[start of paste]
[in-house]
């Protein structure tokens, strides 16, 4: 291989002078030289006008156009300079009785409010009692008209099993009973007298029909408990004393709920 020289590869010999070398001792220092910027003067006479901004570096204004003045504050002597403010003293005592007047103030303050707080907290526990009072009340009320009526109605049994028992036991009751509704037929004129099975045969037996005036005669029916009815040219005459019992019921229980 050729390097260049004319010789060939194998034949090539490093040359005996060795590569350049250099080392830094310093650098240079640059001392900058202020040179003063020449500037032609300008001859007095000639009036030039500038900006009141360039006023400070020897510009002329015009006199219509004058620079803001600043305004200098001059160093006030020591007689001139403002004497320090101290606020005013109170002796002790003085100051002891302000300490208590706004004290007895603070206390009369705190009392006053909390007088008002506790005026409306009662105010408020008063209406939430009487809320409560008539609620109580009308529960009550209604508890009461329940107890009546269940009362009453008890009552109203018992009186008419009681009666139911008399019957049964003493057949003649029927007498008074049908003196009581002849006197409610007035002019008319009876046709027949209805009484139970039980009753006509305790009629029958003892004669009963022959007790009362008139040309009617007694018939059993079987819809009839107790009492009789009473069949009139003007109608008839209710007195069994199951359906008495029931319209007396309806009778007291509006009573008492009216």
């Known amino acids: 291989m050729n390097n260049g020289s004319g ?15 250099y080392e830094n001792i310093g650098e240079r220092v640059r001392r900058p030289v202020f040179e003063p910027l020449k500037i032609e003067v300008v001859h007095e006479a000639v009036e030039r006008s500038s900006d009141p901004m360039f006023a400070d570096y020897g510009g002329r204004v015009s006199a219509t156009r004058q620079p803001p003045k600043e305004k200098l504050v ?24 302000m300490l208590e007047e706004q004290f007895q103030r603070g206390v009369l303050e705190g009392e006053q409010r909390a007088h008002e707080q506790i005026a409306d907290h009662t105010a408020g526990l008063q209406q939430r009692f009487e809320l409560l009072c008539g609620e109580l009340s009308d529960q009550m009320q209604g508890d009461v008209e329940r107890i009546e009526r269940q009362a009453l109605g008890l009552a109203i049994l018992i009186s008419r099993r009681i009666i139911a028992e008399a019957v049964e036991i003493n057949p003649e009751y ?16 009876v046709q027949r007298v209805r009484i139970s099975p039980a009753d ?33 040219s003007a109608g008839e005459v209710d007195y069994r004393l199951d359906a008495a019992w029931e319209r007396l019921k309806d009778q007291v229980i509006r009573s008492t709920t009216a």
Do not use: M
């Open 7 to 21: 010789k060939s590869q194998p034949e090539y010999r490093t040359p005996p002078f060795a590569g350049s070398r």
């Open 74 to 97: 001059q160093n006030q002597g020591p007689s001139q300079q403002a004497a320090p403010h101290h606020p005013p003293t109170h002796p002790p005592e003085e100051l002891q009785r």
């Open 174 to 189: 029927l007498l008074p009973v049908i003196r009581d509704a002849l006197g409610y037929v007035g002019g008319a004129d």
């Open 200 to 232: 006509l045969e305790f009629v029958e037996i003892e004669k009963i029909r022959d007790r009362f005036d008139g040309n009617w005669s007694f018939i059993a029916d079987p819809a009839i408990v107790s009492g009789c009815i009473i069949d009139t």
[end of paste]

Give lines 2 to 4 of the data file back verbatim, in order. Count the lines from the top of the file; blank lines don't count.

């Protein structure tokens, strides 16, 4: 291989002078030289006008156009300079009785409010009692008209099993009973007298029909408990004393709920 020289590869010999070398001792220092910027003067006479901004570096204004003045504050002597403010003293005592007047103030303050707080907290526990009072009340009320009526109605049994028992036991009751509704037929004129099975045969037996005036005669029916009815040219005459019992019921229980 050729390097260049004319010789060939194998034949090539490093040359005996060795590569350049250099080392830094310093650098240079640059001392900058202020040179003063020449500037032609300008001859007095000639009036030039500038900006009141360039006023400070020897510009002329015009006199219509004058620079803001600043305004200098001059160093006030020591007689001139403002004497320090101290606020005013109170002796002790003085100051002891302000300490208590706004004290007895603070206390009369705190009392006053909390007088008002506790005026409306009662105010408020008063209406939430009487809320409560008539609620109580009308529960009550209604508890009461329940107890009546269940009362009453008890009552109203018992009186008419009681009666139911008399019957049964003493057949003649029927007498008074049908003196009581002849006197409610007035002019008319009876046709027949209805009484139970039980009753006509305790009629029958003892004669009963022959007790009362008139040309009617007694018939059993079987819809009839107790009492009789009473069949009139003007109608008839209710007195069994199951359906008495029931319209007396309806009778007291509006009573008492009216």
């Known amino acids: 291989m050729n390097n260049g020289s004319g ?15 250099y080392e830094n001792i310093g650098e240079r220092v640059r001392r900058p030289v202020f040179e003063p910027l020449k500037i032609e003067v300008v001859h007095e006479a000639v009036e030039r006008s500038s900006d009141p901004m360039f006023a400070d570096y020897g510009g002329r204004v015009s006199a219509t156009r004058q620079p803001p003045k600043e305004k200098l504050v ?24 302000m300490l208590e007047e706004q004290f007895q103030r603070g206390v009369l303050e705190g009392e006053q409010r909390a007088h008002e707080q506790i005026a409306d907290h009662t105010a408020g526990l008063q209406q939430r009692f009487e809320l409560l009072c008539g609620e109580l009340s009308d529960q009550m009320q209604g508890d009461v008209e329940r107890i009546e009526r269940q009362a009453l109605g008890l009552a109203i049994l018992i009186s008419r099993r009681i009666i139911a028992e008399a019957v049964e036991i003493n057949p003649e009751y ?16 009876v046709q027949r007298v209805r009484i139970s099975p039980a009753d ?33 040219s003007a109608g008839e005459v209710d007195y069994r004393l199951d359906a008495a019992w029931e319209r007396l019921k309806d009778q007291v229980i509006r009573s008492t709920t009216a």
Do not use: M